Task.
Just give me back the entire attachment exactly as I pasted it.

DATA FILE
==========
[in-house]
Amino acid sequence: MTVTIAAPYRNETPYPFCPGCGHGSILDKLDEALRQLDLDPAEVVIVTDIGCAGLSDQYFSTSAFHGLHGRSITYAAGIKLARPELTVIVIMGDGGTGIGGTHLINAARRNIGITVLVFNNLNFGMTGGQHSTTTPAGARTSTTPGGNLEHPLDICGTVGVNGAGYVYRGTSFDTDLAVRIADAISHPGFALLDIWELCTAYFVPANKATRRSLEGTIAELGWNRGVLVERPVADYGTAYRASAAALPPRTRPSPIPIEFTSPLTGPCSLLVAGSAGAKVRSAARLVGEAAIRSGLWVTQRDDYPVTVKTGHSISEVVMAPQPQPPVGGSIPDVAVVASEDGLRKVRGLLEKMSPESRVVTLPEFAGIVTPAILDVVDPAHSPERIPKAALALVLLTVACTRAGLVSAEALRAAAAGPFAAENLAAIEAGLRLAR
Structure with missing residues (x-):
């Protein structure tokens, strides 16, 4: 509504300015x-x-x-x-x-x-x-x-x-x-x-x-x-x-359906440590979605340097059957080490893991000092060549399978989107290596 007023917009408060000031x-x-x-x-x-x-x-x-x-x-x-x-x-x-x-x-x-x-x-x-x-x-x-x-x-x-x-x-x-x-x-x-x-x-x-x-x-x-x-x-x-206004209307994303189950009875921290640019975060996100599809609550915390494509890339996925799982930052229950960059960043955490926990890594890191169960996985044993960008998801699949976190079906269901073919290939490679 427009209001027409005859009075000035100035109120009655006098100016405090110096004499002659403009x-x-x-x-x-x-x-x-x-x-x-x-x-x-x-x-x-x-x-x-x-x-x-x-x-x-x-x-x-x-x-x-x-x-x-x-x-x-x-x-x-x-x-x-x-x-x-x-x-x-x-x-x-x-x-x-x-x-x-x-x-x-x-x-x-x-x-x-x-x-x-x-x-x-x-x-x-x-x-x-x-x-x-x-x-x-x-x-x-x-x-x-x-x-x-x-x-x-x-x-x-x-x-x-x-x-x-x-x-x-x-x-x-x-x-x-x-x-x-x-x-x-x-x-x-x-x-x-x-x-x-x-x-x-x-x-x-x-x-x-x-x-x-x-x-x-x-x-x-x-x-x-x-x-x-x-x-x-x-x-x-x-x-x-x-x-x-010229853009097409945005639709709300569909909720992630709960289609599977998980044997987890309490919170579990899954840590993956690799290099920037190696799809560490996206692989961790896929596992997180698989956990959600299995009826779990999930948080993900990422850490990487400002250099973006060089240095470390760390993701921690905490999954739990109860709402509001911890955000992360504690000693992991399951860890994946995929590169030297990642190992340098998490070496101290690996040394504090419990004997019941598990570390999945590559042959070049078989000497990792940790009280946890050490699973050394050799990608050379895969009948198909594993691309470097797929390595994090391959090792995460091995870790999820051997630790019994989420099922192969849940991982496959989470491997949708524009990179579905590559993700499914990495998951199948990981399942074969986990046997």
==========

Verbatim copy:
[in-house]
Amino acid sequence: MTVTIAAPYRNETPYPFCPGCGHGSILDKLDEALRQLDLDPAEVVIVTDIGCAGLSDQYFSTSAFHGLHGRSITYAAGIKLARPELTVIVIMGDGGTGIGGTHLINAARRNIGITVLVFNNLNFGMTGGQHSTTTPAGARTSTTPGGNLEHPLDICGTVGVNGAGYVYRGTSFDTDLAVRIADAISHPGFALLDIWELCTAYFVPANKATRRSLEGTIAELGWNRGVLVERPVADYGTAYRASAAALPPRTRPSPIPIEFTSPLTGPCSLLVAGSAGAKVRSAARLVGEAAIRSGLWVTQRDDYPVTVKTGHSISEVVMAPQPQPPVGGSIPDVAVVASEDGLRKVRGLLEKMSPESRVVTLPEFAGIVTPAILDVVDPAHSPERIPKAALALVLLTVACTRAGLVSAEALRAAAAGPFAAENLAAIEAGLRLAR
Structure with missing residues (x-):
């Protein structure tokens, strides 16, 4: 509504300015x-x-x-x-x-x-x-x-x-x-x-x-x-x-359906440590979605340097059957080490893991000092060549399978989107290596 007023917009408060000031x-x-x-x-x-x-x-x-x-x-x-x-x-x-x-x-x-x-x-x-x-x-x-x-x-x-x-x-x-x-x-x-x-x-x-x-x-x-x-x-x-206004209307994303189950009875921290640019975060996100599809609550915390494509890339996925799982930052229950960059960043955490926990890594890191169960996985044993960008998801699949976190079906269901073919290939490679 427009209001027409005859009075000035100035109120009655006098100016405090110096004499002659403009x-x-x-x-x-x-x-x-x-x-x-x-x-x-x-x-x-x-x-x-x-x-x-x-x-x-x-x-x-x-x-x-x-x-x-x-x-x-x-x-x-x-x-x-x-x-x-x-x-x-x-x-x-x-x-x-x-x-x-x-x-x-x-x-x-x-x-x-x-x-x-x-x-x-x-x-x-x-x-x-x-x-x-x-x-x-x-x-x-x-x-x-x-x-x-x-x-x-x-x-x-x-x-x-x-x-x-x-x-x-x-x-x-x-x-x-x-x-x-x-x-x-x-x-x-x-x-x-x-x-x-x-x-x-x-x-x-x-x-x-x-x-x-x-x-x-x-x-x-x-x-x-x-x-x-x-x-x-x-x-x-x-x-x-x-x-x-010229853009097409945005639709709300569909909720992630709960289609599977998980044997987890309490919170579990899954840590993956690799290099920037190696799809560490996206692989961790896929596992997180698989956990959600299995009826779990999930948080993900990422850490990487400002250099973006060089240095470390760390993701921690905490999954739990109860709402509001911890955000992360504690000693992991399951860890994946995929590169030297990642190992340098998490070496101290690996040394504090419990004997019941598990570390999945590559042959070049078989000497990792940790009280946890050490699973050394050799990608050379895969009948198909594993691309470097797929390595994090391959090792995460091995870790999820051997630790019994989420099922192969849940991982496959989470491997949708524009990179579905590559993700499914990495998951199948990981399942074969986990046997």